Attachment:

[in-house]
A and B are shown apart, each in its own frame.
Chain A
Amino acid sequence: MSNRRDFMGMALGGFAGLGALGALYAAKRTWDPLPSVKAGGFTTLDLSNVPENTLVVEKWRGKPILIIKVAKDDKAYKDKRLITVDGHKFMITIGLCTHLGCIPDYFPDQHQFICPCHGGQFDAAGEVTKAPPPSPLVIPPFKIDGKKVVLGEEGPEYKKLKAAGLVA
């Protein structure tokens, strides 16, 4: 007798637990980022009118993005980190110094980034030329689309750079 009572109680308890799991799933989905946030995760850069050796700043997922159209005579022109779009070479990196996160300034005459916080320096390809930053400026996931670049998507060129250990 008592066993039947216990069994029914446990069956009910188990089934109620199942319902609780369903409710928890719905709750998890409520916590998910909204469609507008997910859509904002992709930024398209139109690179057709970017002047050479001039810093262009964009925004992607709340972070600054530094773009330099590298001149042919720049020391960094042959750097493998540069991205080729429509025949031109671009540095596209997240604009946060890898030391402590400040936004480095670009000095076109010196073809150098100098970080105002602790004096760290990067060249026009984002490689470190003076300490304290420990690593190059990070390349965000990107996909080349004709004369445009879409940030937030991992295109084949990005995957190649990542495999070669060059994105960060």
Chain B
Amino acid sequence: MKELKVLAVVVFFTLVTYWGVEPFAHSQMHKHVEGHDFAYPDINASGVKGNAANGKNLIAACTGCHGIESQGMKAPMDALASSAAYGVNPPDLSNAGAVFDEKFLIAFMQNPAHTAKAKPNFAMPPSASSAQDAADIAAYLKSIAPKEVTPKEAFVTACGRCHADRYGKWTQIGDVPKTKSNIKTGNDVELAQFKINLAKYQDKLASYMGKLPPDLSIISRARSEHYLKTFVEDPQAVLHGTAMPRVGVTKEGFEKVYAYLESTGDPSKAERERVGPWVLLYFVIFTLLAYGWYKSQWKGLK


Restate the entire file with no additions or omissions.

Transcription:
[in-house]
A and B are shown apart, each in its own frame.
Chain A
Amino acid sequence: MSNRRDFMGMALGGFAGLGALGALYAAKRTWDPLPSVKAGGFTTLDLSNVPENTLVVEKWRGKPILIIKVAKDDKAYKDKRLITVDGHKFMITIGLCTHLGCIPDYFPDQHQFICPCHGGQFDAAGEVTKAPPPSPLVIPPFKIDGKKVVLGEEGPEYKKLKAAGLVA
């Protein structure tokens, strides 16, 4: 007798637990980022009118993005980190110094980034030329689309750079 009572109680308890799991799933989905946030995760850069050796700043997922159209005579022109779009070479990196996160300034005459916080320096390809930053400026996931670049998507060129250990 008592066993039947216990069994029914446990069956009910188990089934109620199942319902609780369903409710928890719905709750998890409520916590998910909204469609507008997910859509904002992709930024398209139109690179057709970017002047050479001039810093262009964009925004992607709340972070600054530094773009330099590298001149042919720049020391960094042959750097493998540069991205080729429509025949031109671009540095596209997240604009946060890898030391402590400040936004480095670009000095076109010196073809150098100098970080105002602790004096760290990067060249026009984002490689470190003076300490304290420990690593190059990070390349965000990107996909080349004709004369445009879409940030937030991992295109084949990005995957190649990542495999070669060059994105960060």
Chain B
Amino acid sequence: MKELKVLAVVVFFTLVTYWGVEPFAHSQMHKHVEGHDFAYPDINASGVKGNAANGKNLIAACTGCHGIESQGMKAPMDALASSAAYGVNPPDLSNAGAVFDEKFLIAFMQNPAHTAKAKPNFAMPPSASSAQDAADIAAYLKSIAPKEVTPKEAFVTACGRCHADRYGKWTQIGDVPKTKSNIKTGNDVELAQFKINLAKYQDKLASYMGKLPPDLSIISRARSEHYLKTFVEDPQAVLHGTAMPRVGVTKEGFEKVYAYLESTGDPSKAERERVGPWVLLYFVIFTLLAYGWYKSQWKGLK